One of John McDonnell’s key economic advisors has warned of the looming risks in the financial system which could trigger the next global crisis.
Anastasia Nesvetailova, an academic at City University in London, laid out the dangers to the mainstream economy from sectors such as shadow banking, the borrowing and lending which takes place outside the traditional banking system and is subject to less regulation.
Prof Nesvetailova, who was appointed in September alongside high-profile economists such as Thomas Piketty and Joseph Stiglitz, also warned that key reforms carried out after the 2008 crisis had failed to tackle the major risks in the financial system.
Speaking at a Consensus event in the House of Commons, Nesvetailova said the “basic problems” which caused the most recent crisis had not been solved, in part because regulators had been “captured” by the financial services sector.
“Three things are clear: One, the three basic problems of banking – capital, leverage, and accountability – remain poorly addressed.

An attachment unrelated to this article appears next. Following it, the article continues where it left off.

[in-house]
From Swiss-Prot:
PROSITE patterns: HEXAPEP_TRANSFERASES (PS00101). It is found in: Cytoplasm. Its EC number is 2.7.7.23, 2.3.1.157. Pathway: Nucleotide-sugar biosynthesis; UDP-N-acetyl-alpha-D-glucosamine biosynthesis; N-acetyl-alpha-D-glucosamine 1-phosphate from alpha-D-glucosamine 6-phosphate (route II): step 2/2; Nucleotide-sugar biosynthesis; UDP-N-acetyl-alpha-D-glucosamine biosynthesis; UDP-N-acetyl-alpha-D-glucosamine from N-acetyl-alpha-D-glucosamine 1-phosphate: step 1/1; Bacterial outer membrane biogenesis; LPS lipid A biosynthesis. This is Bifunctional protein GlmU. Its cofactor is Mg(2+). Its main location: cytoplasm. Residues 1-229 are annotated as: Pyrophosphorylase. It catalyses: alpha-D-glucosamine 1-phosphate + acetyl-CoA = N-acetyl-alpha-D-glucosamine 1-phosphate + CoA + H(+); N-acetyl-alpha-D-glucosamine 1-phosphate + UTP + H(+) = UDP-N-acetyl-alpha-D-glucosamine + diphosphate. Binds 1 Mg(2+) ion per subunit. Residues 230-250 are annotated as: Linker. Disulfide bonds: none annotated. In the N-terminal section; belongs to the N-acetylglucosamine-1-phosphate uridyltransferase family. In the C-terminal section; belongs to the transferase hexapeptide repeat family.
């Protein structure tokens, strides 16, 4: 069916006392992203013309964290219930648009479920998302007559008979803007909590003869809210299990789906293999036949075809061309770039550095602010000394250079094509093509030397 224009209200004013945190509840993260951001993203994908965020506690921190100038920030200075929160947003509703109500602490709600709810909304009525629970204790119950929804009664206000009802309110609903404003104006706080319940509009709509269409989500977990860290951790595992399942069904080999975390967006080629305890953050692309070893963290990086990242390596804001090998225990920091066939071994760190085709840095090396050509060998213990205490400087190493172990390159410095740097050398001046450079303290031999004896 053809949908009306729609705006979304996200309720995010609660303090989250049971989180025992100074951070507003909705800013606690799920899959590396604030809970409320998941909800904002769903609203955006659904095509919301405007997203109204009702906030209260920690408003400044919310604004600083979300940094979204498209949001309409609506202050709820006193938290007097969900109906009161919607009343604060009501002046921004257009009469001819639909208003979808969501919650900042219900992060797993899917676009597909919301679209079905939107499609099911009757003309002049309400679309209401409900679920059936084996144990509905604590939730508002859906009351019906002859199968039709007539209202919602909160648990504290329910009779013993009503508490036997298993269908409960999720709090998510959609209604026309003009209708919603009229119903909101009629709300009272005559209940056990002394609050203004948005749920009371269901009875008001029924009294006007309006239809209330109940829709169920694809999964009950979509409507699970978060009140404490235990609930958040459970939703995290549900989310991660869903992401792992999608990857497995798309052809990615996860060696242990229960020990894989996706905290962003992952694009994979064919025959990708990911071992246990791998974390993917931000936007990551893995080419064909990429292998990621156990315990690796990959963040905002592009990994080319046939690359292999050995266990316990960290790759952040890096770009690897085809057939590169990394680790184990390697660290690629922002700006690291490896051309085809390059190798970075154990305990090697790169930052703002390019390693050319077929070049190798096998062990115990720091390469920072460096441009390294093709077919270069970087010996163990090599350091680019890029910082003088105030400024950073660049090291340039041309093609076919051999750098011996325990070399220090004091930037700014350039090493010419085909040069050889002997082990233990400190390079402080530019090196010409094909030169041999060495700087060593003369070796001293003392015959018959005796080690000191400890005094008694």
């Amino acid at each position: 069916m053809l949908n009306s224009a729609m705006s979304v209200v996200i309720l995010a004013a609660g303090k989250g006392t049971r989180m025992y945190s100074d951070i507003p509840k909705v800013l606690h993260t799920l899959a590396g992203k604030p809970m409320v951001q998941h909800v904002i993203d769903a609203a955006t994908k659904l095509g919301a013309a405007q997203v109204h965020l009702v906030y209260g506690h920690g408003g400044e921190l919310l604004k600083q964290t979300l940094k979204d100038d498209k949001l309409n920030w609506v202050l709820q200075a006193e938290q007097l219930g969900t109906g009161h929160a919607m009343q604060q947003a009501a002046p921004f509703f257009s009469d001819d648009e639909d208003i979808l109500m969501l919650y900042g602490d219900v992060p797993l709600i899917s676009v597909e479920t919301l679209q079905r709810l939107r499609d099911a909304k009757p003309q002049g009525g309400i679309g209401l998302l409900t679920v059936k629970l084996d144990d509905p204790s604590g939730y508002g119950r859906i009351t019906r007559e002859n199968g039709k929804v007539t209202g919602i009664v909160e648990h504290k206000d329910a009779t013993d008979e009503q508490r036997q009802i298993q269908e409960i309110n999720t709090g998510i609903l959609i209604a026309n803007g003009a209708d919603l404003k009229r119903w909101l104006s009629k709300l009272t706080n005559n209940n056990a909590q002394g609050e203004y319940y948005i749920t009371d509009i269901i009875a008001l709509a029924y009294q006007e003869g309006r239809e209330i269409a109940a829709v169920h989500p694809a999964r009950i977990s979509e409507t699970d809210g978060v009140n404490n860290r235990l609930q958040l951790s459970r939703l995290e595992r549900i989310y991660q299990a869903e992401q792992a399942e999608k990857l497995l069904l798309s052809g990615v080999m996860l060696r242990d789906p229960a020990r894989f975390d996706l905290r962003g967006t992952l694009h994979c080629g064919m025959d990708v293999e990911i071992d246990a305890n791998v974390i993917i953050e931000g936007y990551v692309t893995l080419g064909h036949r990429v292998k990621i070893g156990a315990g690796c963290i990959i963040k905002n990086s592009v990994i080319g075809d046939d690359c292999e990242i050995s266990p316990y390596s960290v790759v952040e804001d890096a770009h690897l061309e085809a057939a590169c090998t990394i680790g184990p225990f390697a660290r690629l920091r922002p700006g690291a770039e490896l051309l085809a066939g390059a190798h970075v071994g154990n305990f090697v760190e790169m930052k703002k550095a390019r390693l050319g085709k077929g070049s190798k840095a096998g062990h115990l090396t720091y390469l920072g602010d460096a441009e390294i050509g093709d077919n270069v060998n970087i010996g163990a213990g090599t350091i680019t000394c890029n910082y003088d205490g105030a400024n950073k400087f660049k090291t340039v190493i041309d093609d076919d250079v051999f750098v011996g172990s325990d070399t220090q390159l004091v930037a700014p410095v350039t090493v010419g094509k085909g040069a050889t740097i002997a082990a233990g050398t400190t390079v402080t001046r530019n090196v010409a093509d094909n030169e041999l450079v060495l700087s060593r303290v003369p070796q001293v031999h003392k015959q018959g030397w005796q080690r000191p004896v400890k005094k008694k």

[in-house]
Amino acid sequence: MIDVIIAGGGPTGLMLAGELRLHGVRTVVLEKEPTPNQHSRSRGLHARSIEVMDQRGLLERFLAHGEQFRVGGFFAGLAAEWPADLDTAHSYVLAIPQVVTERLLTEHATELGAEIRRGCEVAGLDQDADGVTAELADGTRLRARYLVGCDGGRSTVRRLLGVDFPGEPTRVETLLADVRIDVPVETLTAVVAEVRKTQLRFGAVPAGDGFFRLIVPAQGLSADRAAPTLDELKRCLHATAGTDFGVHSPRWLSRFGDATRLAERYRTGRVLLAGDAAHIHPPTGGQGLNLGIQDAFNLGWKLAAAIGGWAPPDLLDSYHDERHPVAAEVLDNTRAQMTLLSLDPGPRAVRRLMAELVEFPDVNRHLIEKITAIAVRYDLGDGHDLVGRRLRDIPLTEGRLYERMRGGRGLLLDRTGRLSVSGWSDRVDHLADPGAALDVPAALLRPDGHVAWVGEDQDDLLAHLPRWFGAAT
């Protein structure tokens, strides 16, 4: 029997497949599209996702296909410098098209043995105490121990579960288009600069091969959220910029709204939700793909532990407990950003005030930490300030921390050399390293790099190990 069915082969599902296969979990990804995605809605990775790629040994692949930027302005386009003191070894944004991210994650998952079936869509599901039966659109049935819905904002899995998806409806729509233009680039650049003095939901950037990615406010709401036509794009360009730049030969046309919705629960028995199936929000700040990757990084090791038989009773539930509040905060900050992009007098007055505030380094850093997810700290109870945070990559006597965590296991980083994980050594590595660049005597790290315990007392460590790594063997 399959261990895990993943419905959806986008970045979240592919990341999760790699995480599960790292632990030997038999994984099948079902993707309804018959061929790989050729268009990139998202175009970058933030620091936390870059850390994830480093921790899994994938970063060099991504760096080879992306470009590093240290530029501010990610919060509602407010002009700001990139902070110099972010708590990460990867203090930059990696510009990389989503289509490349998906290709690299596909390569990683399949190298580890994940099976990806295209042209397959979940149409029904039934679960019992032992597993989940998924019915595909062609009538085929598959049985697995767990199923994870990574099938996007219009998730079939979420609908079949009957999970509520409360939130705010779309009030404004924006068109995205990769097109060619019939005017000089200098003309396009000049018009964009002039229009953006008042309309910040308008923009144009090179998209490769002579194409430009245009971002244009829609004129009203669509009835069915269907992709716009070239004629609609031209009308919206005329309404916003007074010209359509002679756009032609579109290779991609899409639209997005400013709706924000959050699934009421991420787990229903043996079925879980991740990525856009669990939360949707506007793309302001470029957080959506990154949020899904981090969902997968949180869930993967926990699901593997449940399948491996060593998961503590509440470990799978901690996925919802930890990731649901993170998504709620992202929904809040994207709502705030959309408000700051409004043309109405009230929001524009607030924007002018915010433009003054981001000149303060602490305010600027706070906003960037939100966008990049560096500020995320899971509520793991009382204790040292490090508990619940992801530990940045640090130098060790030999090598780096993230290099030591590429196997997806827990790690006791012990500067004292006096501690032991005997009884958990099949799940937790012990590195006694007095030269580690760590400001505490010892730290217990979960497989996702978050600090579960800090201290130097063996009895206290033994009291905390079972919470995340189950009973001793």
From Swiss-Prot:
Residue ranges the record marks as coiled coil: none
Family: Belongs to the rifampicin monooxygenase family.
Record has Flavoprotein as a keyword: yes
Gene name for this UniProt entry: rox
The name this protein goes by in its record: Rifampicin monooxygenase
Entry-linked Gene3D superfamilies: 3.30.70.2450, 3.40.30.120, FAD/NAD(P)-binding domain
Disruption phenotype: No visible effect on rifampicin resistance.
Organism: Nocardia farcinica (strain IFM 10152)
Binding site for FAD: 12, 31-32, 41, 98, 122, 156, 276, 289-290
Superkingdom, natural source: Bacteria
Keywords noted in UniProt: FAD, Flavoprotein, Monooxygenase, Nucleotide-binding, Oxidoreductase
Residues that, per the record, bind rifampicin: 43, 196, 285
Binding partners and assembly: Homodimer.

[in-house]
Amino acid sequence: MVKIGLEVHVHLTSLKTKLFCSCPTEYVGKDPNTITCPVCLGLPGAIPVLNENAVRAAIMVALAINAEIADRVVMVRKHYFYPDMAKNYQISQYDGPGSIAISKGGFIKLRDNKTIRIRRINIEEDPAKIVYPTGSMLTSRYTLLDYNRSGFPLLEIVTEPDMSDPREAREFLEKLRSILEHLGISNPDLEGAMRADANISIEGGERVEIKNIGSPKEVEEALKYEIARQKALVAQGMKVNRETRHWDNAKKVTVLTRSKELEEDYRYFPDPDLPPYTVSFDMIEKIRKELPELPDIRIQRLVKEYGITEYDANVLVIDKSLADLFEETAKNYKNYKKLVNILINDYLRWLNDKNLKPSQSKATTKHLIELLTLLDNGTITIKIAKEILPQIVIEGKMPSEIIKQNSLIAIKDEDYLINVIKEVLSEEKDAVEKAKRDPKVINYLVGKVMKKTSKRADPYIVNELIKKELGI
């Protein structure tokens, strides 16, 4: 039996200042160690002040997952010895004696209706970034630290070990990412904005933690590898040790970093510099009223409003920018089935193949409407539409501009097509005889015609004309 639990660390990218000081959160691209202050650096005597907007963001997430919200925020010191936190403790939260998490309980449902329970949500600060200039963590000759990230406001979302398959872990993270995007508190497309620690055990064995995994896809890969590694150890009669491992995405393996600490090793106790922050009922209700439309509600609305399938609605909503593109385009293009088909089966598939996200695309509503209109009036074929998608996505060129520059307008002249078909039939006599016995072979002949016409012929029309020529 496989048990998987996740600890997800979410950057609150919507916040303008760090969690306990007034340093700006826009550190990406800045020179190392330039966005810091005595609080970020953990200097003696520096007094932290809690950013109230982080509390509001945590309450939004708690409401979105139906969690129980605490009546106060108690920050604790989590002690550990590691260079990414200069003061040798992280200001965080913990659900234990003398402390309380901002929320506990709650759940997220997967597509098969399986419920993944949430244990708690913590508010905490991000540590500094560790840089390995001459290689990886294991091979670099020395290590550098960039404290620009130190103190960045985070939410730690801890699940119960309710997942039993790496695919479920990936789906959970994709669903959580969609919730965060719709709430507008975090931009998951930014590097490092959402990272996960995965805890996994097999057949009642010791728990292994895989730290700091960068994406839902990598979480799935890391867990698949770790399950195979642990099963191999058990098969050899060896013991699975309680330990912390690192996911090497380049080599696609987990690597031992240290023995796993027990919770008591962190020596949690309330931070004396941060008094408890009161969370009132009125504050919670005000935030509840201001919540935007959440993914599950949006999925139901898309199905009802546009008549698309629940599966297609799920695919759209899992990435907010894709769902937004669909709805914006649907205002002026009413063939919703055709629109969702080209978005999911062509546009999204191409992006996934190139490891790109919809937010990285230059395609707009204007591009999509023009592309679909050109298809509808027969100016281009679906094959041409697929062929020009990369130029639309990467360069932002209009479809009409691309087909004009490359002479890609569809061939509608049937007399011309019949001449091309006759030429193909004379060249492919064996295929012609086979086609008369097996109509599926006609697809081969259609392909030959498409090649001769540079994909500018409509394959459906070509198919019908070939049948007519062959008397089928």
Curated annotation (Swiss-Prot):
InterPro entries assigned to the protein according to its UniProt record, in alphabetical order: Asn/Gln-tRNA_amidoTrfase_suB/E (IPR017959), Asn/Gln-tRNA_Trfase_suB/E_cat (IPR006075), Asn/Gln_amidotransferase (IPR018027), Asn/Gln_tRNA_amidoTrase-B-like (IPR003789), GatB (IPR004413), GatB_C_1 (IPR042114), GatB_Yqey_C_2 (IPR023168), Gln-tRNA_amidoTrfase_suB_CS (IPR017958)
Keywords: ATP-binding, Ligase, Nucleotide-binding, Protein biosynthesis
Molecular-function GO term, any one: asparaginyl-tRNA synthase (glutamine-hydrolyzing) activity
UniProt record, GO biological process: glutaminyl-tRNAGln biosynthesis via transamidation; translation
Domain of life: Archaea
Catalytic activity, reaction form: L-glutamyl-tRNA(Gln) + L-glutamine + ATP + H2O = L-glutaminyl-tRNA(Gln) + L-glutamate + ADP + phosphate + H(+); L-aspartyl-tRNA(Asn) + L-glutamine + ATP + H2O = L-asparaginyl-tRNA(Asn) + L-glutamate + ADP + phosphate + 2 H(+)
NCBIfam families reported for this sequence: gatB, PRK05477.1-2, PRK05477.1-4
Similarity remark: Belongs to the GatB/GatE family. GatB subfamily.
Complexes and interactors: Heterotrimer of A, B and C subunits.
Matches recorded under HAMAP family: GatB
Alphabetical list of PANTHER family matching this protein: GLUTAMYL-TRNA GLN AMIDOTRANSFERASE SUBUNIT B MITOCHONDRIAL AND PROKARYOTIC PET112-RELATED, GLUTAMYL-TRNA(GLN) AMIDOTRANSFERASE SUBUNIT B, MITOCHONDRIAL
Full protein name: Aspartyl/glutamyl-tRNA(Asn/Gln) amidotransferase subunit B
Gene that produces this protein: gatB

“Two, the regulators are captured by the industry (Osborne and hedge funds).
“Three, more regulation is not better regulation.”
Nesvetailova, who was speaking at an event asking “has the world learnt its lessons?” from the last crisis, also raised the growing gap between the richest and poorest people in society. Leading figures on the left, from Piketty, author of Capital in the Twenty-First Century, to former Labour leader Ed Miliband, have warned of the impact of inequality amid vast social and technological change.
“Inequality is deepening,” Nesvetailova said.
“The gulf between the super rich and the poor is growing; structural problems at the global [level] even expose us to the risks stemming from emerging markets like China.”